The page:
Just off the side of the road in rural southern Texas is a large beige building that looks a lot like a prison. Fences and tall walls mark the outside. Inside, the doors slam and people sit in control booths at the end of long concrete hallways.
But just a little farther into the facility, the door opens to a courtyard in the center of the complex, and there, things begin to change. There's a soccer field, a pavilion and a gymnasium. There's also a walk-up pharmacy and commissary. All of it is guarded by officers in polo shirts.
This is the federal government's new plan for immigrant detention — facilities built to make detention feel less like prison.
"It was never our authority or our responsibility to punish people or correct their behavior," said Gary Mead, who is in charge of enforcement and removal operations for Immigration and Customs Enforcement. "Our authority is only to facilitate removal. So we have to treat them very differently than how the state prison system or county jail system would treat people in their custody."
The facility is empty now, but within a month as many as 600 immigrant detainees will fill the rooms that line the courtyard. They will sleep eight to a room with a private bath, and they will be allowed to move about the facility largely unescorted.
This place is three years in the making, and it's a significant departure from ICE's other facilities, which critics charge are excessively harsh and lacking sufficient oversight. This facility is for low-level detainees — immigrants who have been picked up in sweeps or those seeking political asylum. For the most part, they are nonviolent people who haven't committed any crimes, except for overstaying a visa or crossing the border illegally.
Some will be deported quickly. Others will stay for months or longer as they press their cases in an often lengthy court process.
In the meantime, Gary Mead says, they will have access to the facility's library and can have daily visits with family — a marked contrast to other facilities.
"We have listened to and heard stakeholders across the spectrum in terms of the need to reform our system," Mead said. "We took them seriously, and that's what we're doing."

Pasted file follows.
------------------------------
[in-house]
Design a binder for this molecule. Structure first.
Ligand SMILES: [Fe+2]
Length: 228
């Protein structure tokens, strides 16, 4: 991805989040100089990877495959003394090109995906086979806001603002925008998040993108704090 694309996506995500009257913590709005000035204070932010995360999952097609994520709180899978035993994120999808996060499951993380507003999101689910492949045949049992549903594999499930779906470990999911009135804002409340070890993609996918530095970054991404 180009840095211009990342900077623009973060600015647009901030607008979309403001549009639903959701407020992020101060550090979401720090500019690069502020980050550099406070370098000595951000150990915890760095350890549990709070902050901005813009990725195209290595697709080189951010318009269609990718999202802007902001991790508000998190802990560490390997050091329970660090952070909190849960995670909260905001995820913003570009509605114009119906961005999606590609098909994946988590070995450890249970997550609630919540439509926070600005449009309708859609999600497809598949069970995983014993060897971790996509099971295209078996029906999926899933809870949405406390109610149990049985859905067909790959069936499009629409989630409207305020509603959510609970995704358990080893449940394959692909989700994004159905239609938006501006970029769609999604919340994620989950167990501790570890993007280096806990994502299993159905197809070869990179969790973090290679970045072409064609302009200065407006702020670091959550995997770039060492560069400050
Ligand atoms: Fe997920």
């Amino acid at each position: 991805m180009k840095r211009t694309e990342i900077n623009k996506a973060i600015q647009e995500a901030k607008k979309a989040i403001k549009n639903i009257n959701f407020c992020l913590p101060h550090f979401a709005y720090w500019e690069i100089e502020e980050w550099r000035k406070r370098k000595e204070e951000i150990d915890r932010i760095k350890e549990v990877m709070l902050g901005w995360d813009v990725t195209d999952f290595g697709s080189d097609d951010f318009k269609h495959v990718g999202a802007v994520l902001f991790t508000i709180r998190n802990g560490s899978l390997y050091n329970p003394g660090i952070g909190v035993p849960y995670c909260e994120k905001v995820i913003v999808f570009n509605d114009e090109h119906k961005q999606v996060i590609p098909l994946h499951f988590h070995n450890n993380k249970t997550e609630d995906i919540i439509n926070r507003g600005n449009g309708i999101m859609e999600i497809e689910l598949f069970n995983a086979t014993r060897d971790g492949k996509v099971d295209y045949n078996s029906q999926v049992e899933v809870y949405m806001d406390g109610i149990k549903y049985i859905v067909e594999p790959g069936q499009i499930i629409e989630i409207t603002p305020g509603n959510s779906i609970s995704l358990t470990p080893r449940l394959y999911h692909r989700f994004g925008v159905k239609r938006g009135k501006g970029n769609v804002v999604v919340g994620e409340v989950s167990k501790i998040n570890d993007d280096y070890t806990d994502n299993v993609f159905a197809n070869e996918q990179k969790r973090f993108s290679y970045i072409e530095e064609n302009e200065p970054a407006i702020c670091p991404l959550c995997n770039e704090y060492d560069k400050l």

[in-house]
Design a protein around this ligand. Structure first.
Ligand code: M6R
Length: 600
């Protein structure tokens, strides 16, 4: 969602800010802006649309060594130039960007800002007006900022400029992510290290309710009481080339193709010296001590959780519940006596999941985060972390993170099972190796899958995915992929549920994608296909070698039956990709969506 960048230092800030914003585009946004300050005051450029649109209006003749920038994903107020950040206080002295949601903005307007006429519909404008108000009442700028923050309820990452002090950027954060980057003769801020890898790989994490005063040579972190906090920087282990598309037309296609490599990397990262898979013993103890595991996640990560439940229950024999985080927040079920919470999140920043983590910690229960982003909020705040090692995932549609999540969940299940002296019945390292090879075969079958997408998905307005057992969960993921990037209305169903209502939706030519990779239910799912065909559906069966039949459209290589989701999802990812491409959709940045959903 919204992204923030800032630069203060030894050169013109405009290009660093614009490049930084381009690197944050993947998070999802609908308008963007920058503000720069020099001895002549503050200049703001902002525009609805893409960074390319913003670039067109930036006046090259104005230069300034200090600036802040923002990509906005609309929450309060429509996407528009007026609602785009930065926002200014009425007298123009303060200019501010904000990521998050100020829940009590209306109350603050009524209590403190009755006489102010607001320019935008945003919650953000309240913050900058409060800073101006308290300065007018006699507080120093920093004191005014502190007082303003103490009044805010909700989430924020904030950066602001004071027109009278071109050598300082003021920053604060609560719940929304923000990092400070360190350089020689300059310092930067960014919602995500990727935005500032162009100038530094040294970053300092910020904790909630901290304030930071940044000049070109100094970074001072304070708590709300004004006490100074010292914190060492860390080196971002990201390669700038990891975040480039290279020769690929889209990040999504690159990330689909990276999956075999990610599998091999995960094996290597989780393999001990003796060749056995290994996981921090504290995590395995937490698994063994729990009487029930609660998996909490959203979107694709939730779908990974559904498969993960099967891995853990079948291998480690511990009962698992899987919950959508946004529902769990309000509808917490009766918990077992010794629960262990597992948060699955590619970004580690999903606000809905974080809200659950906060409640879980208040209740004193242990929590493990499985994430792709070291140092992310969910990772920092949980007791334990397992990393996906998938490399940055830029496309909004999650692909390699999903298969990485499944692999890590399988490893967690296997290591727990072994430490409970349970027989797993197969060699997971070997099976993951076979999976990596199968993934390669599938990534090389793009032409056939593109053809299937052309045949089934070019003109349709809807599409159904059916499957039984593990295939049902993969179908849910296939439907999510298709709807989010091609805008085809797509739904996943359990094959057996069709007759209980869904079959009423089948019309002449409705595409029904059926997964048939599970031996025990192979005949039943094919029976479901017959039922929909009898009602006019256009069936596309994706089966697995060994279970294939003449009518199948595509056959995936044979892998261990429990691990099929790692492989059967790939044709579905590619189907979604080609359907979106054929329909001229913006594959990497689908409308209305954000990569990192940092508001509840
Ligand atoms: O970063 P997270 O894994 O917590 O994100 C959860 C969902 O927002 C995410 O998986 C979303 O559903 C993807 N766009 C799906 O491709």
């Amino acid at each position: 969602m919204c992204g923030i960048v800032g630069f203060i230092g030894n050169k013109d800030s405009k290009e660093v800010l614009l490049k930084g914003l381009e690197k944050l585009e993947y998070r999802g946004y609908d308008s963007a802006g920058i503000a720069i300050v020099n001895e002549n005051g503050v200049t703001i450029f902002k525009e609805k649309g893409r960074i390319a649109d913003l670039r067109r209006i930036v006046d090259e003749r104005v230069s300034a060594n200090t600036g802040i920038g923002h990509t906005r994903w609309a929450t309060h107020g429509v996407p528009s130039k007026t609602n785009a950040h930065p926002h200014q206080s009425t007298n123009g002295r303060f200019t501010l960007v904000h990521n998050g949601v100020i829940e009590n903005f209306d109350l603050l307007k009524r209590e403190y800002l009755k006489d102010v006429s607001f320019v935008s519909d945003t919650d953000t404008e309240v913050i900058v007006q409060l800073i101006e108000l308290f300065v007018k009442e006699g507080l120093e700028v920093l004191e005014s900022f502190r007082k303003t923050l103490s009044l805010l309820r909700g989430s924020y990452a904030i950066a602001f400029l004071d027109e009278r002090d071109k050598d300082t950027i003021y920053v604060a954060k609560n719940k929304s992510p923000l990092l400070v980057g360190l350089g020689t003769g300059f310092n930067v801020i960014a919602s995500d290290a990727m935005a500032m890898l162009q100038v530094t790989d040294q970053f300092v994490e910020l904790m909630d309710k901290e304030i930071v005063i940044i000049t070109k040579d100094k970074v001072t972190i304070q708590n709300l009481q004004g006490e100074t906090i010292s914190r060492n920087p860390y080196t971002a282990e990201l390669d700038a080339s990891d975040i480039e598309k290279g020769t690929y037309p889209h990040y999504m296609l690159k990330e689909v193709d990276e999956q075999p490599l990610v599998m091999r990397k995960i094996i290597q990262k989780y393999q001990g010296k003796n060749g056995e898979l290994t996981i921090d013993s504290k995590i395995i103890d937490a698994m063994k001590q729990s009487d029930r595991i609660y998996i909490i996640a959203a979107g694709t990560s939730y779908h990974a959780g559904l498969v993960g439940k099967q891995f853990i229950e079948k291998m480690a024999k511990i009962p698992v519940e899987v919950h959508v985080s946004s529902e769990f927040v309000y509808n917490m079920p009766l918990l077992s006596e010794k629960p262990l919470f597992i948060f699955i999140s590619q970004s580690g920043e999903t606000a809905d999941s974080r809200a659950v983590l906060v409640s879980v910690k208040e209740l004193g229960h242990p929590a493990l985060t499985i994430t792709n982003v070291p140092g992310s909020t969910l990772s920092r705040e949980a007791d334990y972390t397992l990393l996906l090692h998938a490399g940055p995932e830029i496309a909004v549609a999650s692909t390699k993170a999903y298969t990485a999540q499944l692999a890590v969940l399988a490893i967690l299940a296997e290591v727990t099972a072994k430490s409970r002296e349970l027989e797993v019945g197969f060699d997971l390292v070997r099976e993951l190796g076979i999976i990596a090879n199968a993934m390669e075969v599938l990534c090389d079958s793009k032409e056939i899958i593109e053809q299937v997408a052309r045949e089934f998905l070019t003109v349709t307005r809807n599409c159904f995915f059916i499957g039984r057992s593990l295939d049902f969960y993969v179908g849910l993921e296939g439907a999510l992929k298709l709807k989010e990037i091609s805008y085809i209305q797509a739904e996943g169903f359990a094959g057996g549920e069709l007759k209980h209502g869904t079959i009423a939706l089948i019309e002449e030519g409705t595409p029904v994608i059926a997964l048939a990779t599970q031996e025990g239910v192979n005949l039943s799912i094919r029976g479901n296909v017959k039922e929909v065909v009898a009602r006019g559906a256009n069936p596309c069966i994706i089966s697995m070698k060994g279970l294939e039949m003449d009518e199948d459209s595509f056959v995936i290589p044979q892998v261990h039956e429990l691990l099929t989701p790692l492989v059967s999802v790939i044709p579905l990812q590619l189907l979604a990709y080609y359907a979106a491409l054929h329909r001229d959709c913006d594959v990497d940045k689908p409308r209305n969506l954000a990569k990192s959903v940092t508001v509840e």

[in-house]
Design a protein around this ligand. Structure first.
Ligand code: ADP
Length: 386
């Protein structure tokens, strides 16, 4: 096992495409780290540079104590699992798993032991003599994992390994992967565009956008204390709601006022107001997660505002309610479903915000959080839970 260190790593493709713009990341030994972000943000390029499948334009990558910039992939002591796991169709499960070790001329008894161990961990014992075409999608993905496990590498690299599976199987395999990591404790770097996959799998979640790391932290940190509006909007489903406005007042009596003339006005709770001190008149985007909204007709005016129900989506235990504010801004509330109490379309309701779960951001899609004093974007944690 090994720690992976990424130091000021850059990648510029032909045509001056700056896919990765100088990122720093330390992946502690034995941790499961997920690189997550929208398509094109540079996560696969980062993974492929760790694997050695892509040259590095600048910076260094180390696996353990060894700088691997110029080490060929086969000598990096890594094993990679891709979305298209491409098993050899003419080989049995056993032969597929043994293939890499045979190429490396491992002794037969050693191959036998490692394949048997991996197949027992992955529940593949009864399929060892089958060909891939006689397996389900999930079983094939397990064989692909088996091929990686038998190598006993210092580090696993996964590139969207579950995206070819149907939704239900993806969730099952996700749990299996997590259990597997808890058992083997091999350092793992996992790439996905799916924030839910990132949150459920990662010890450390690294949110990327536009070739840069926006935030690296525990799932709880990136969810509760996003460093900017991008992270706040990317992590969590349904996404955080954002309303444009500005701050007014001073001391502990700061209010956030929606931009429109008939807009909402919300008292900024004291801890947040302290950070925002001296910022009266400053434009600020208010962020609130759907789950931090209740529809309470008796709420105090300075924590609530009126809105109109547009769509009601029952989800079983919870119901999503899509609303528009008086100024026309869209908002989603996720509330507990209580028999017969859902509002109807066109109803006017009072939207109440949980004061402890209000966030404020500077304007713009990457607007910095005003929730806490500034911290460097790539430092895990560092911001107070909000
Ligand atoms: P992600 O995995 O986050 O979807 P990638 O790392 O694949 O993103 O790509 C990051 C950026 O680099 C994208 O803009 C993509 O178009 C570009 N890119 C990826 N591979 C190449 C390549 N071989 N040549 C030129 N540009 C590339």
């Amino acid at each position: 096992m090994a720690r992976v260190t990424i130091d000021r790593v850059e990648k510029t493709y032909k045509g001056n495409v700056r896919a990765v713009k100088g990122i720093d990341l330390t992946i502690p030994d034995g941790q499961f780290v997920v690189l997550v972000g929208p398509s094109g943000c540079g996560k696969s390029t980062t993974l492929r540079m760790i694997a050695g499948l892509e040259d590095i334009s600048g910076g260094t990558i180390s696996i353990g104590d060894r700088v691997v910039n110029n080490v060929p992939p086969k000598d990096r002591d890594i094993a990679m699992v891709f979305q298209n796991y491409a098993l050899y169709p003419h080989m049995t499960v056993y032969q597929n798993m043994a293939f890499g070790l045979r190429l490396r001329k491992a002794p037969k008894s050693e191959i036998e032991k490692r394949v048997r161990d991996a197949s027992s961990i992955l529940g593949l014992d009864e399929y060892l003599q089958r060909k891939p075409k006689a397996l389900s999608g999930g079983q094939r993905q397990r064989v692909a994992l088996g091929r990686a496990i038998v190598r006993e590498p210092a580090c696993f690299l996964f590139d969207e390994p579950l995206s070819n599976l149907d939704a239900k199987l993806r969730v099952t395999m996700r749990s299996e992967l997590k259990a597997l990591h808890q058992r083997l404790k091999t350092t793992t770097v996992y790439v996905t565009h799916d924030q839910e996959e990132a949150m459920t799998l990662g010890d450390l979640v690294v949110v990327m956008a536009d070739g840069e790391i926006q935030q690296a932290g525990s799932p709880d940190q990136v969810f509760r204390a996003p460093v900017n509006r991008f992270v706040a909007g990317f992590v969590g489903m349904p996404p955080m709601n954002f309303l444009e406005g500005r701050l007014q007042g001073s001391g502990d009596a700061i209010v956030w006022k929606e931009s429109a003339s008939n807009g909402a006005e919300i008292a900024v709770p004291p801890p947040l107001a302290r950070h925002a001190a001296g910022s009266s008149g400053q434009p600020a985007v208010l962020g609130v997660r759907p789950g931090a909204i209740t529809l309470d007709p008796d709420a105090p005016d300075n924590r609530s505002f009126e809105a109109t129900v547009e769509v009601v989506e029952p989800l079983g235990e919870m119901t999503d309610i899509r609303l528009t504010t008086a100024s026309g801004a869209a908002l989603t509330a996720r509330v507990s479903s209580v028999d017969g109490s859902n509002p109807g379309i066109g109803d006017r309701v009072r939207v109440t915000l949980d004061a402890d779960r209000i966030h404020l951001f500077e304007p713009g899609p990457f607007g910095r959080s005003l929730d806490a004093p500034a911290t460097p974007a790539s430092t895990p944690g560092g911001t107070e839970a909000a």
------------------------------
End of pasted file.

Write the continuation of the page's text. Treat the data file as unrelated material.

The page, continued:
Outside in the parking lot, though, a dozen of those stakeholders — largely immigrant rights advocates — stood in a group and talked about what they saw during their tour of the facility. No one in this group said they were happy with the results.
"It's a prison," said Lisa Graybill, legal director of the ACLU in Texas. "It's a clean, nice-looking prison. It really begs the question of why did they spend so much money constructing a facility like this when we know that there are alternatives and less expensive ones?
"Having one of the big private prisons run it as a profit is a mistake," she said. "If it walks like a duck and talks like a duck ..."
GEO Group, the second largest private prison company in the country, won the contract to operate this facility. The company has been sued in recent years over the conditions of some of its facilities.
But Reed Smith, GEO Group's vice president of operations for the region, said he's proud of what they've done here.
"Yes, we are a for-profit company," Smith said. "But if we cut corners, we wouldn't have been selected to operate a facility like this. If we ran poor operations, we'd be out of business."
Advocates have said they don't want a private prison group running the facility any more than they want the federal government in the business of detaining low-level, noncriminal immigrants. Many of them come from extended families or have lived here since they were children. The advocates said there are many options, like ankle bracelets, which studies have shown are significantly cheaper and successful at bringing people back to immigration court.
ICE's Gary Mead said he plans to use more ankle bracelets in the future. But he also plans to build more facilities like the Karnes County Civil Detention Center.
"We now have more people on alternatives to detention than we've ever had," Mead said. "The fact of the matter is people here are detained, and we think it's appropriate for some groups of people."
More than 23,000 low-level detainees are wearing ankle bracelets or other devices right now, according to Meade. But many others will come here to a place that's not quite prison, but not a place any of them want to be.